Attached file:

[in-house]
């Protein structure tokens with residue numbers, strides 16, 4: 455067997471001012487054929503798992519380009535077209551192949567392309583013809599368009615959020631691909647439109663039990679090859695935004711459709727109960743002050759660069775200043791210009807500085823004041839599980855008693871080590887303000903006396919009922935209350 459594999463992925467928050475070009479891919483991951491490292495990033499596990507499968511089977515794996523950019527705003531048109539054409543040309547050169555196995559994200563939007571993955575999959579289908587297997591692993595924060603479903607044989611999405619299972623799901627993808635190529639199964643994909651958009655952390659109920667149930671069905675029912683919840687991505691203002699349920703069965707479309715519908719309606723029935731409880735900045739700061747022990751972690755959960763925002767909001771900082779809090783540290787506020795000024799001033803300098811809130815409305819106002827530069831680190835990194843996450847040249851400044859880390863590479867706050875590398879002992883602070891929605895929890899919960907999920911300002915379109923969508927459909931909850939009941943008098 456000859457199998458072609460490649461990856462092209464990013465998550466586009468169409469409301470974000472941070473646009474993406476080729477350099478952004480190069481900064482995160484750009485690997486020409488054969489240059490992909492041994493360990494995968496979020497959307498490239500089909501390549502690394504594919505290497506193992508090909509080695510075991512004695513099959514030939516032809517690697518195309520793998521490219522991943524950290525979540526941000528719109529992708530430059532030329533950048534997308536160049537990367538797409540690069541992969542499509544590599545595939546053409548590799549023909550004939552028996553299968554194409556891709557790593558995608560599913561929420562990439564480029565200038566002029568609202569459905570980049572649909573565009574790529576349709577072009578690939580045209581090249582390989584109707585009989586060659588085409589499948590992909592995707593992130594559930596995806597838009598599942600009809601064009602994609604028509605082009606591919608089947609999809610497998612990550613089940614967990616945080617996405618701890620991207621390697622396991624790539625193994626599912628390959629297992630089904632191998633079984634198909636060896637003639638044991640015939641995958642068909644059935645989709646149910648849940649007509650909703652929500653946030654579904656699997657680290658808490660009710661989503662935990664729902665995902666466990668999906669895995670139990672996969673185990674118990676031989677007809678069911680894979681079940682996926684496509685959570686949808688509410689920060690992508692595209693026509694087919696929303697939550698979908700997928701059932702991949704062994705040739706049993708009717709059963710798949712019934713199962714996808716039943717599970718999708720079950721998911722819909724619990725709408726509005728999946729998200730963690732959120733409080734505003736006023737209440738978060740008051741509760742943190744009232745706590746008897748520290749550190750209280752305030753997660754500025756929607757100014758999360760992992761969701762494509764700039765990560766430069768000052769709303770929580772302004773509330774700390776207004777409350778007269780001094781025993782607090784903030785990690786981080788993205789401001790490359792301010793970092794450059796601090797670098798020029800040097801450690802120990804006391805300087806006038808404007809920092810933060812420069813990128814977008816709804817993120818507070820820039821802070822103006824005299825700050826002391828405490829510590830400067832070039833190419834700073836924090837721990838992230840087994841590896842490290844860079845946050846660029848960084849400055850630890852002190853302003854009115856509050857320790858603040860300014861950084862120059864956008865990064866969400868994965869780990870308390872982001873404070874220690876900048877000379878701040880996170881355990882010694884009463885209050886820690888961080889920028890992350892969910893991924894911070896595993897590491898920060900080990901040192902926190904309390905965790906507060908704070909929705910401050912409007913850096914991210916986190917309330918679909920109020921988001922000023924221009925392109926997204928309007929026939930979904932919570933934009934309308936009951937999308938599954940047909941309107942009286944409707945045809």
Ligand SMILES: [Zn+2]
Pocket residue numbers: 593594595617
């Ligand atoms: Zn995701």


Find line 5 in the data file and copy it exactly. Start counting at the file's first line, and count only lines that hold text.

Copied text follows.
């Ligand atoms: Zn995701």